Illinois Appellate Court Discusses Statute of Limitations Discovery Rule in Traumatic Brain Injury Case

One of the most important considerations in a personal injury case is ensuring that you file your claim before the statute of limitations expires. The statute of limitations is a law that provides a specific timeframe within which a claim must be filed. Illinois law provides different time frames for different types of injuries and follows the discovery rule, which states that the statute of limitations may be tolled until the time when the victim could have reasonably first discovered that he or she suffered injuries due to someone else’s negligence. As dedicated Chicago personal injury attorneys, Therman Law Offices is standing by and ready to assist you with ensuring that you file your claim in compliance with the statute of limitations.

A recently issued appellate opinion in a caseĀ involving a football player who suffered a series of traumatic brain injuries highlights how the statute of limitations can be a critical issue in pursuing compensation. The football player filed a disability insurance claim in 2013 after suffering a concussion that ended his career. He also filed a civil claim against helmet manufacturers for the medical conditions that he suffered.

The defendant responded to the claim by saying that it was barred due to the two-year statute of limitations that applies to personal injury actions in Illinois. According to the defendant, the plaintiff was first aware of his injury in 2013 when he filed the disability insurance claim but did not file his personal injury claim until 2017. The lower court agreed with the defendant’s application of the statute of limitations and dismissed the plaintiff’s case. The plaintiff filed an appeal.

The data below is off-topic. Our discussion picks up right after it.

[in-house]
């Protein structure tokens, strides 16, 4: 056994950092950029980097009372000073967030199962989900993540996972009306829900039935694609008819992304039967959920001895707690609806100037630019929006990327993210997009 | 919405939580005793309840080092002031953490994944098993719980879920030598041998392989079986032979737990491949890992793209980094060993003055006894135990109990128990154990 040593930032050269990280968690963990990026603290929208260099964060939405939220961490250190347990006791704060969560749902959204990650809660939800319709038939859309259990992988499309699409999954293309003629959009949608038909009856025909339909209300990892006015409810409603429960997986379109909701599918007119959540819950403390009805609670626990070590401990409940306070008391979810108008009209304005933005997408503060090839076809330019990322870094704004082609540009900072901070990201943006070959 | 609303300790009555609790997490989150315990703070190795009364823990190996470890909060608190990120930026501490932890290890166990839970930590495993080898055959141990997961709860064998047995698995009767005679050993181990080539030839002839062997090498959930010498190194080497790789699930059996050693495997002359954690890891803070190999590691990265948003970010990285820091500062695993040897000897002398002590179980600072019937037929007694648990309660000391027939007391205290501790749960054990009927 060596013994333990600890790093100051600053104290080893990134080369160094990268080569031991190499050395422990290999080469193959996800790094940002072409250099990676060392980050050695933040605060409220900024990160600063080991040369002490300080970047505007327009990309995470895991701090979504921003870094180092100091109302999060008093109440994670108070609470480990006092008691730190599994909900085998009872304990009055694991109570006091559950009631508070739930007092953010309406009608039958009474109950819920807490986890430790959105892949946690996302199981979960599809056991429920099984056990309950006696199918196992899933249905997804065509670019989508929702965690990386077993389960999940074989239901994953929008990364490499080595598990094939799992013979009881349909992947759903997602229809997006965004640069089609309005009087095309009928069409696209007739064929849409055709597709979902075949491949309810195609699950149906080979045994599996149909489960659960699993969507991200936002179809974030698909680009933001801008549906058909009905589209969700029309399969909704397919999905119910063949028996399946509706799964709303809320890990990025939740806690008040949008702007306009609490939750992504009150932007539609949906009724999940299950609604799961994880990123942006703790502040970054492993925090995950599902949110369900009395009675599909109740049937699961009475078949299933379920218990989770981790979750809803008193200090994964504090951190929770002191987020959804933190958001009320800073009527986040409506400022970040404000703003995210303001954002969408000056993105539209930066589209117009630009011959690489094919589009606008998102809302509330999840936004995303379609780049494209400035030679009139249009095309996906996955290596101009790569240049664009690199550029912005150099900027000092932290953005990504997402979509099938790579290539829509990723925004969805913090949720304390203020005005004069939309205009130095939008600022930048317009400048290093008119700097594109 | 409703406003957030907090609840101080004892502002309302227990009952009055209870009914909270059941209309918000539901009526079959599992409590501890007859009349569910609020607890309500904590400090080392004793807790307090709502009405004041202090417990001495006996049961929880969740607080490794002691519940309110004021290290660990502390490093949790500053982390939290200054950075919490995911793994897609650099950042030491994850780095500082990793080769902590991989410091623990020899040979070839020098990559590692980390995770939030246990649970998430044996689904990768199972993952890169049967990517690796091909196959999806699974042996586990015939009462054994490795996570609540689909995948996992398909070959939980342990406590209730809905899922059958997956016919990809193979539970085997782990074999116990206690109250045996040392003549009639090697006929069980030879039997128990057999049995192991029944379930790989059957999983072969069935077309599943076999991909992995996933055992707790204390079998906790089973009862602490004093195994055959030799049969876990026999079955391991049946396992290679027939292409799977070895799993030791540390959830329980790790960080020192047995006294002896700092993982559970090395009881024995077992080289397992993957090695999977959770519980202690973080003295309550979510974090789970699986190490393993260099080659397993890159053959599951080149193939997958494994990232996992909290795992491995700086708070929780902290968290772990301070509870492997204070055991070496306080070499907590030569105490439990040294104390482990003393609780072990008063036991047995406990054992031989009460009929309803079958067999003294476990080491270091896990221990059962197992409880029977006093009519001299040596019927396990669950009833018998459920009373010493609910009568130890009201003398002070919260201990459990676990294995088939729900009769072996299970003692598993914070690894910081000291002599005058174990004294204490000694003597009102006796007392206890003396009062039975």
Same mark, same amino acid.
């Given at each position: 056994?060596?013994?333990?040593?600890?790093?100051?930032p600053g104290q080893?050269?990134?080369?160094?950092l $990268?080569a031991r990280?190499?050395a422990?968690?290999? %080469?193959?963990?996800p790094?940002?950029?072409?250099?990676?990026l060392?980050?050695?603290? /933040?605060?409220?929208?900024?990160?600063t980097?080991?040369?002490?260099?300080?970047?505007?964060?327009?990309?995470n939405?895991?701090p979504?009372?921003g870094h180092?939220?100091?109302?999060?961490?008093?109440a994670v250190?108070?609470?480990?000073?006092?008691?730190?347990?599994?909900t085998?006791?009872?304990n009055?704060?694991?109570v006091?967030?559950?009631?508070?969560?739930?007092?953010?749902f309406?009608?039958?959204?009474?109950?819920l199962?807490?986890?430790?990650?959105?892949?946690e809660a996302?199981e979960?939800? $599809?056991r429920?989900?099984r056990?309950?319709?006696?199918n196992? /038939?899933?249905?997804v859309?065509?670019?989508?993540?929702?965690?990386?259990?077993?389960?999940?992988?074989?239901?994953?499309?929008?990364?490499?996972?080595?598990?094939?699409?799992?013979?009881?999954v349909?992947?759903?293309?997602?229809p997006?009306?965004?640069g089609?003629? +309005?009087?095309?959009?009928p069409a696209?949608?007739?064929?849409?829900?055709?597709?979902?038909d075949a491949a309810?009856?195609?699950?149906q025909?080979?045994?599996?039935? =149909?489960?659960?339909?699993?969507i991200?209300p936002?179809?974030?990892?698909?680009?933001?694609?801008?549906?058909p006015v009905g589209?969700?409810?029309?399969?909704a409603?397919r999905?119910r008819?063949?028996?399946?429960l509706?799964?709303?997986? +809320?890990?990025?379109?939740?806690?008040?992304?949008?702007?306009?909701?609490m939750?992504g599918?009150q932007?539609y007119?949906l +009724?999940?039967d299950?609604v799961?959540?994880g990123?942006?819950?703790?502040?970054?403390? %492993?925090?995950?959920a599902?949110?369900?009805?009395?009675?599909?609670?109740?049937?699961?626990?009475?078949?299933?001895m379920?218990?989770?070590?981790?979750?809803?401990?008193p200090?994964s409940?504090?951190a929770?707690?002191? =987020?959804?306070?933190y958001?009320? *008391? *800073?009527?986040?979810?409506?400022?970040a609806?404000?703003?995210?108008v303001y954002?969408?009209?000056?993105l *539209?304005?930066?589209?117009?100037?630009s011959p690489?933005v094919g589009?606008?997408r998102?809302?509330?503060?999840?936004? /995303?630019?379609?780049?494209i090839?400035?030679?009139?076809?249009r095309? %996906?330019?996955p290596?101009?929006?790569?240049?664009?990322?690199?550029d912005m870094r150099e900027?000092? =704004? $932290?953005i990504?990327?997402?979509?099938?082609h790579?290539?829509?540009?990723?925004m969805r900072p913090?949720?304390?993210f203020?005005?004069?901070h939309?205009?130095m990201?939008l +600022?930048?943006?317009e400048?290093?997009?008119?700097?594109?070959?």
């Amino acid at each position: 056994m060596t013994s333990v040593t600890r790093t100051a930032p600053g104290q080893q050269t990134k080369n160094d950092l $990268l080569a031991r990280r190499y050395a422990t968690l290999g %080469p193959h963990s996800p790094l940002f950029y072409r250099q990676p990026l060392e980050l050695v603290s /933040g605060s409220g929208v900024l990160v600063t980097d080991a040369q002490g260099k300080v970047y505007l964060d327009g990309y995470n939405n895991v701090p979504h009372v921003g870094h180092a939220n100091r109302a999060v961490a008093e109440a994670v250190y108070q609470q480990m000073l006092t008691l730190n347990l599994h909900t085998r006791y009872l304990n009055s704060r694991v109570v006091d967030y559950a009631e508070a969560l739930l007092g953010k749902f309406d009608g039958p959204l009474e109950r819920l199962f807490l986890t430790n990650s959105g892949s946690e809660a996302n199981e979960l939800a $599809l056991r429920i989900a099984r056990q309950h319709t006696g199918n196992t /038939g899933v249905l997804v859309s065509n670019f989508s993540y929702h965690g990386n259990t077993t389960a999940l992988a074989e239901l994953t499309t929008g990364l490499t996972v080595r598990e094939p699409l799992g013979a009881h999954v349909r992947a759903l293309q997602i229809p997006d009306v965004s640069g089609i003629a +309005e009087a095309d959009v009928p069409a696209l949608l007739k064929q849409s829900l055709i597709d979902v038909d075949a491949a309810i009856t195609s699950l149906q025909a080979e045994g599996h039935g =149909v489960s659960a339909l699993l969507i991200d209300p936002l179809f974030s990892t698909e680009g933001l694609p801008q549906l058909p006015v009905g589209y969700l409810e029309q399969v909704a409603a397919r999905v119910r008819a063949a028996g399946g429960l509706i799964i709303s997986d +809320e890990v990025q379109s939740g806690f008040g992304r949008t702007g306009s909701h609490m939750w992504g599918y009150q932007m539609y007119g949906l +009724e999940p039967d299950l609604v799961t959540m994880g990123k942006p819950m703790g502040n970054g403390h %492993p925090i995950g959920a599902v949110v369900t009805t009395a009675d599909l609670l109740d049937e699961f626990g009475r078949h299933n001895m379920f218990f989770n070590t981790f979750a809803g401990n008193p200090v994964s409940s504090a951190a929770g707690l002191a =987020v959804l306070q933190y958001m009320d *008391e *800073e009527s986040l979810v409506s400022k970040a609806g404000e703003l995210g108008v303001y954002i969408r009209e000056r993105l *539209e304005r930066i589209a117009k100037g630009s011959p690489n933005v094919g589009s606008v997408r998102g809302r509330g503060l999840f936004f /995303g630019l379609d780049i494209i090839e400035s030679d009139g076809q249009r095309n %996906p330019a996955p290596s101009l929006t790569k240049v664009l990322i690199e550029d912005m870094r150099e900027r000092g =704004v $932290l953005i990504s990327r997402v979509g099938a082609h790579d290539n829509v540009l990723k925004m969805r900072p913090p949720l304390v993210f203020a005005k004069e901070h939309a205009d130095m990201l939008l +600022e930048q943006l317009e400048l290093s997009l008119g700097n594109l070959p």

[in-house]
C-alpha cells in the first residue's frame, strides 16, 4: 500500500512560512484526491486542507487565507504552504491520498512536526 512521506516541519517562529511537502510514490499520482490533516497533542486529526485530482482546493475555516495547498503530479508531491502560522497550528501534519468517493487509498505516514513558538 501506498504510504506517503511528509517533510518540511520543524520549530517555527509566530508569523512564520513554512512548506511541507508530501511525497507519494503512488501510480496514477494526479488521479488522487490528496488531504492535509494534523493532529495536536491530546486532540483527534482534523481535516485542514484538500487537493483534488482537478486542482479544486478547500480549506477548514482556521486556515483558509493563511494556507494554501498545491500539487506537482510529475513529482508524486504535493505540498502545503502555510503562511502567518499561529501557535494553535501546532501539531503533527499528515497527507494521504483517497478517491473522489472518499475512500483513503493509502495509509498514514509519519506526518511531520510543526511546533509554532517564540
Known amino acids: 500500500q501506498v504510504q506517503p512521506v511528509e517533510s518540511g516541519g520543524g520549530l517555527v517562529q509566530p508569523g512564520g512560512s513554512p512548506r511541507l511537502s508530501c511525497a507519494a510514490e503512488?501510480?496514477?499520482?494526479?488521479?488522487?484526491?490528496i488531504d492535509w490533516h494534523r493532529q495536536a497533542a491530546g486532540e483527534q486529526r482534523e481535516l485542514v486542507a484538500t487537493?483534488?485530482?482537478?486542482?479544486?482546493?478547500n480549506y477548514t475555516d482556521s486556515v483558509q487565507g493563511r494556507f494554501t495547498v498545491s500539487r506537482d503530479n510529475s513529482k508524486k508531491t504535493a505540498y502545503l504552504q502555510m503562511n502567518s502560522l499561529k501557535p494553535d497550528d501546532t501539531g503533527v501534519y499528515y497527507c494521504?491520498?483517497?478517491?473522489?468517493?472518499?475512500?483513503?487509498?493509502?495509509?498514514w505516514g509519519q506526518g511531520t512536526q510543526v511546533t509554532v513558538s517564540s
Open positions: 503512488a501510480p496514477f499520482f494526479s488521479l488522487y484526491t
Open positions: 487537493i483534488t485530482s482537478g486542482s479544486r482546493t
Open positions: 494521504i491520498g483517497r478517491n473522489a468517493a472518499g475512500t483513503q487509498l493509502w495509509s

On review, the appellate court began by examining the discovery rule, which is designed to postpone the beginning of a statute of limitations period until the victim knew or reasonably should have known of the injury. The period is not triggered by the first time that the victim becomes aware of the injury and is not triggered when the individual learns that he or she has a viable cause of action. Instead, the appellate court stated that the period runs when the person became aware of or should have become aware of the injury and knew or reasonably should have known that it was the result of some wrongful conduct.

The plaintiff testified that he was not aware of the long-term impact of the concussions he suffered and the resulting neurodegenerative brain disease with which he was diagnosed. Based on evidence in the record, the appellate court concluded that although the plaintiff was aware of the concussions he suffered when he filed the insurance claim, there was no evidence to suggest that he knew or should have known about the neurodegenerative disorder. A single concussion or series of concussions is different from the underlying brain injury resulting from the repetitive trauma. As a result, the appellate court reversed dismissal of the case and remanded the matter for more findings.

If you were injured and unsure about whether the time to file your claim has expired, contact Therman Law Offices immediately. Our dedicated team of Chicago personal injury attorneys offers a free consultation to help you learn more about your legal rights and when the statute of limitations for your potential claims may expire. Call today at 773-545-8849 or contact us online to get started.

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